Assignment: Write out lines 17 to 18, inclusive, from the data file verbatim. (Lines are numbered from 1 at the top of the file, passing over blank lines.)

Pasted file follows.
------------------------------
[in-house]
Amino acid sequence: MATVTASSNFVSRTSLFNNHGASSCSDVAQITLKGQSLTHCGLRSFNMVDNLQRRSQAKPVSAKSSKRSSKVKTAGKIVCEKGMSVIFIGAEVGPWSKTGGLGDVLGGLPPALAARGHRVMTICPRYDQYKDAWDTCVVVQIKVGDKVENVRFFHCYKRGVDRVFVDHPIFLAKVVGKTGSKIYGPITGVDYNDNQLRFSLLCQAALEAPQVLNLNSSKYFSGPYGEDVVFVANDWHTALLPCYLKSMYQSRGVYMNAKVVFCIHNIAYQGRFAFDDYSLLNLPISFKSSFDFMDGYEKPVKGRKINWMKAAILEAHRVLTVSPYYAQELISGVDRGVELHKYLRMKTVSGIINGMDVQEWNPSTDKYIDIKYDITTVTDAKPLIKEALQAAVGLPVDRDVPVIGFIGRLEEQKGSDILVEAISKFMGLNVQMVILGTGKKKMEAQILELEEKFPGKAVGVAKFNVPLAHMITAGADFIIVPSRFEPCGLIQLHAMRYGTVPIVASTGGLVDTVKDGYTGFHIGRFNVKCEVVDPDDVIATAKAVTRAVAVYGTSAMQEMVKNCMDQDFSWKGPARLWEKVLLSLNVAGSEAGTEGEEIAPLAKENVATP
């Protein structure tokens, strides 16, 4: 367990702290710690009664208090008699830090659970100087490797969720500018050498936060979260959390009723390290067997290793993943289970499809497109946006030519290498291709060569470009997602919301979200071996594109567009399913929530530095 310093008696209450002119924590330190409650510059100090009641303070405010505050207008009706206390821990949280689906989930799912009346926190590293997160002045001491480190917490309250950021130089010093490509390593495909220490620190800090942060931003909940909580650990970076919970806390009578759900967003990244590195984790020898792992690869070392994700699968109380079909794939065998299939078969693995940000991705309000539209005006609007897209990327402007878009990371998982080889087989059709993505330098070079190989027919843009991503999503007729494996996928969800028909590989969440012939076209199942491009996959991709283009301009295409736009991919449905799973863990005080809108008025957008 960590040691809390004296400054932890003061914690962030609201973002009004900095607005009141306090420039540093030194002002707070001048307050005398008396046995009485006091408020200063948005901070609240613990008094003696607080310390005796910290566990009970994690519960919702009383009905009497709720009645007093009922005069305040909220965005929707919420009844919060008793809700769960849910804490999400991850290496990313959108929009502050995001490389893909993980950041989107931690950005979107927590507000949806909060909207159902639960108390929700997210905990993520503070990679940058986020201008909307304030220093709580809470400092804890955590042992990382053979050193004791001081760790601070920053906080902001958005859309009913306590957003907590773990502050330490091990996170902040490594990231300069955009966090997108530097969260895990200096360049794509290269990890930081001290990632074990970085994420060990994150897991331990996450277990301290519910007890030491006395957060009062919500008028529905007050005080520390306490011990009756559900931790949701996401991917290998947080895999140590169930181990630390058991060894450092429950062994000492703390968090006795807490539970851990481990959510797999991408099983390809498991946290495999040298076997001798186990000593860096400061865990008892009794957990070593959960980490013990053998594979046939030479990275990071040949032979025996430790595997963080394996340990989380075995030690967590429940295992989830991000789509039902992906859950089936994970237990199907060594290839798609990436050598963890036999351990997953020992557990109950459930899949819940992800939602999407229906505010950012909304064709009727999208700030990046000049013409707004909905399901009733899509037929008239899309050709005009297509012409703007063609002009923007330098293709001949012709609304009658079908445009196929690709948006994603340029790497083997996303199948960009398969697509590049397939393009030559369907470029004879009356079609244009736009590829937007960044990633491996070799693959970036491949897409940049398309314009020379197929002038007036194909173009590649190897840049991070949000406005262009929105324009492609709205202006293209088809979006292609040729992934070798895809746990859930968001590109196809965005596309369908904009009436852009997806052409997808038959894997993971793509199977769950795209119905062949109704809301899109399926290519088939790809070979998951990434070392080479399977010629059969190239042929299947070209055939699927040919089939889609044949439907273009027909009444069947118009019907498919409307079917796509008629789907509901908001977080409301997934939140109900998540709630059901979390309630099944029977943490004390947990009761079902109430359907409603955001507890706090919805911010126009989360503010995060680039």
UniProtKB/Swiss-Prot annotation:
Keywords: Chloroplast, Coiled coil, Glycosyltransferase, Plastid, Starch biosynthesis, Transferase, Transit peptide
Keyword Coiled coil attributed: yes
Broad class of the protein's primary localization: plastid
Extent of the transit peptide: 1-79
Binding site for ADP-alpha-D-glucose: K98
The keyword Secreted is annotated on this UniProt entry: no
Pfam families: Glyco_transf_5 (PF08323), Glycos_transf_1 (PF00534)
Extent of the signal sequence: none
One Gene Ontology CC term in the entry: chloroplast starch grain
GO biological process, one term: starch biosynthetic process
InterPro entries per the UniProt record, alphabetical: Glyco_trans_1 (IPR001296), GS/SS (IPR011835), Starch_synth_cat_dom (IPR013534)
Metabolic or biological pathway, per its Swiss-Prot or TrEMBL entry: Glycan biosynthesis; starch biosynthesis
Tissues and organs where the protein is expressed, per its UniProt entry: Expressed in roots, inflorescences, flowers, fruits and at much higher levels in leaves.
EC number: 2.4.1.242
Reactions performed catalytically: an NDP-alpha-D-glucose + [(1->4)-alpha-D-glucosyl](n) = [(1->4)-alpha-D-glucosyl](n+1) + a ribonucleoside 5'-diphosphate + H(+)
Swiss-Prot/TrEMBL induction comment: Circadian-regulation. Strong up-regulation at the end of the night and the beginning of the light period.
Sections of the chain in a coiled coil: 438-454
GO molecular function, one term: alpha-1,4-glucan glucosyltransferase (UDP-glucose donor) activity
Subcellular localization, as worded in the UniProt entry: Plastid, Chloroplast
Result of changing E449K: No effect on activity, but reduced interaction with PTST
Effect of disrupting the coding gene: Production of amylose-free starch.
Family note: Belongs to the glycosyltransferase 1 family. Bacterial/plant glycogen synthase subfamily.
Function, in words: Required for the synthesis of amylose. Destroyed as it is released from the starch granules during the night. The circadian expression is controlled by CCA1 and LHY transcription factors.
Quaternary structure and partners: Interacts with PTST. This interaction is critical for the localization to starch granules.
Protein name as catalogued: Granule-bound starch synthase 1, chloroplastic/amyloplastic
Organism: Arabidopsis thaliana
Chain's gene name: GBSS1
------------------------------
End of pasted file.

Tissues and organs where the protein is expressed, per its UniProt entry: Expressed in roots, inflorescences, flowers, fruits and at much higher levels in leaves.
EC number: 2.4.1.242